OAKLAND — Billy Beane talked Sunday of the need for the A’s to get younger and have a strong, contending team in place by the time they would theoretically move into a new stadium.
It’s a familiar storyline, as Beane has taken a similar position on multiple occasions over the past decade whenever the A’s usher in a youth movement as they’re attempting now.
Sunday’s trade of relievers Sean Doolittle and Ryan Madson to the Washington Nationals for right-hander Blake Treinen and two Single-A prospects has “future” written all over it. But when Beane talked about this current rebuilding project, he spoke more definitively about the direction the franchise is headed with it.
The A’s remain committed to announcing a site for a new ballpark in this calendar year. The idea is that a winning team playing in a sparkling new venue would generate the revenue needed for the A’s to start signing some of their best young players to long-term deals, halting the cycle of Oakland’s best players being traded.
“The frustration isn’t (from not having) success. The frustration is that after success we haven’t kept them,” Beane said. “It’s just a fact. And we need to change that narrative by virtue of creating a good team and then ultimately committing to keeping them around so people, when they buy a ticket, know that the team’s going to be there for a few years.”
To which every A’s fan would say, “Amen.”
But the bottom line is that the A’s have to come through and deliver on their promise of a new ballpark. They have to take it from the concept phase, to announcing a site to build, to actually taking shovel to dirt and making it a reality.
Beane says he’s sensing the commitment from A’s principal owner John Fisher and president Dave Kaval to making the project happen.
“I’ve had a lot of conversations with ownership,” Beane said. “There’s a real commitment to finding a stadium. That’s not just lip service at this point. You’ve seen it.”
Asked if the A’s truly are committed to a total rebuilding effort, Beane replied: “Absolutely.”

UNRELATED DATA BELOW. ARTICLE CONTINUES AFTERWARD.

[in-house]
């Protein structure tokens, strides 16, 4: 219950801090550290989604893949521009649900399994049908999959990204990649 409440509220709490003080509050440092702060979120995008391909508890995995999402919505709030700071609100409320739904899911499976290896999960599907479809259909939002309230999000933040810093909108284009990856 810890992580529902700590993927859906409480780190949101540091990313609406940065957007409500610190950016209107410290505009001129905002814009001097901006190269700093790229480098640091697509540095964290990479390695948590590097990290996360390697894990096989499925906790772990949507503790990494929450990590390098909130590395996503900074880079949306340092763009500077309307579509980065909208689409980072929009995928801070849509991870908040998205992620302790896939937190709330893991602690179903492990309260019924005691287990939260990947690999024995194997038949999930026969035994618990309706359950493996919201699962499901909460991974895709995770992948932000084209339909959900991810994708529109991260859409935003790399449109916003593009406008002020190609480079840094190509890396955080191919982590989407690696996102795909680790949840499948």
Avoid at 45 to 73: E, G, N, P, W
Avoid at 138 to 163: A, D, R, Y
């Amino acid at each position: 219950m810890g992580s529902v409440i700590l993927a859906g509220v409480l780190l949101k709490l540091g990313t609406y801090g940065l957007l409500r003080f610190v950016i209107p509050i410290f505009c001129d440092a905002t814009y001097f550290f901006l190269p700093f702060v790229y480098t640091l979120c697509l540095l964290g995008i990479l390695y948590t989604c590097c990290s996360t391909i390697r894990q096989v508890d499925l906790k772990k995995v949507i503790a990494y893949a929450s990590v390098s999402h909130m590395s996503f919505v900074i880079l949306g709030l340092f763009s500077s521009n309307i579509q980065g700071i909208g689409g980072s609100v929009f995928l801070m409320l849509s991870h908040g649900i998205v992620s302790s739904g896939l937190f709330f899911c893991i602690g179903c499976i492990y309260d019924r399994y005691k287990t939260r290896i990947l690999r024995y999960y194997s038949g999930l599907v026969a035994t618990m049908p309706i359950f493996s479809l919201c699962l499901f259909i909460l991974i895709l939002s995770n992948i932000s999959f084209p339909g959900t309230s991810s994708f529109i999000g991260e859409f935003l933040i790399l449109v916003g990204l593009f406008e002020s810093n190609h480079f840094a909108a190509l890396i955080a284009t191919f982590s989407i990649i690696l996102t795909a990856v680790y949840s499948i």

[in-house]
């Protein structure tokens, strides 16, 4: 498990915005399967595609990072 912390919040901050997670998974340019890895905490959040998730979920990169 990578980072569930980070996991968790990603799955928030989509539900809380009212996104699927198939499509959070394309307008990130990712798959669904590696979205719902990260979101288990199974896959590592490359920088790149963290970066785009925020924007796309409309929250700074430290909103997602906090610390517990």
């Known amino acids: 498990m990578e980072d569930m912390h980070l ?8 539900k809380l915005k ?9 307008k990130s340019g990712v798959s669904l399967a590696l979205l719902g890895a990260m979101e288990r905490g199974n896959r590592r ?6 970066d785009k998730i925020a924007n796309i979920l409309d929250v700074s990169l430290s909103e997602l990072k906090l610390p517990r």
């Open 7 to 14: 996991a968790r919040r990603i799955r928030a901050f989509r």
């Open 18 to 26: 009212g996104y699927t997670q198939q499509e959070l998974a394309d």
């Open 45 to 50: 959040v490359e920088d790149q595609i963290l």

Sunday’s trade was a nod in that direction. The A’s sent Doolittle and Madson to the Nationals for Treinen, a reliever who should arrive Monday, lefty Jesus Luzardo and shortstop/third baseman Sheldon Neuse.
Treinen has struggled to a 5.73 ERA in Washington’s bullpen this season, but hits the high 90’s with a fastball that has nasty sink. The A’s believe the 29-year-old has closer potential.
Luzardo, just 19, was a third-round pick in 2016 who some believe was a first-round talent had he not required Tommy John surgery shortly before the draft. Neuse, 22, was a second-round pick in 2016 out of Oklahoma. Drafted as a shortstop, Beane said the A’s probably will use him at short and third at Single-A Stockton.
The outfield remains ripe for an upgrade in the farm system, so that’s an area to watch as the A’s entertain offers for starter Sonny Gray, first baseman Yonder Alonso and second baseman Jed Lowrie.
“Listen, it’s the time of year” for trade talks, Beane said, suggesting that more moves certainly are likely.
He added that the emphasis would be on high-upside talent regardless of how close it is to the majors.
As for the desire to retain some of the team’s top talent, Beane added:
“This is my 20th year on the job. There’s only so many (rebuilding) cycles that I can go through before I get as exasperated as everybody else.”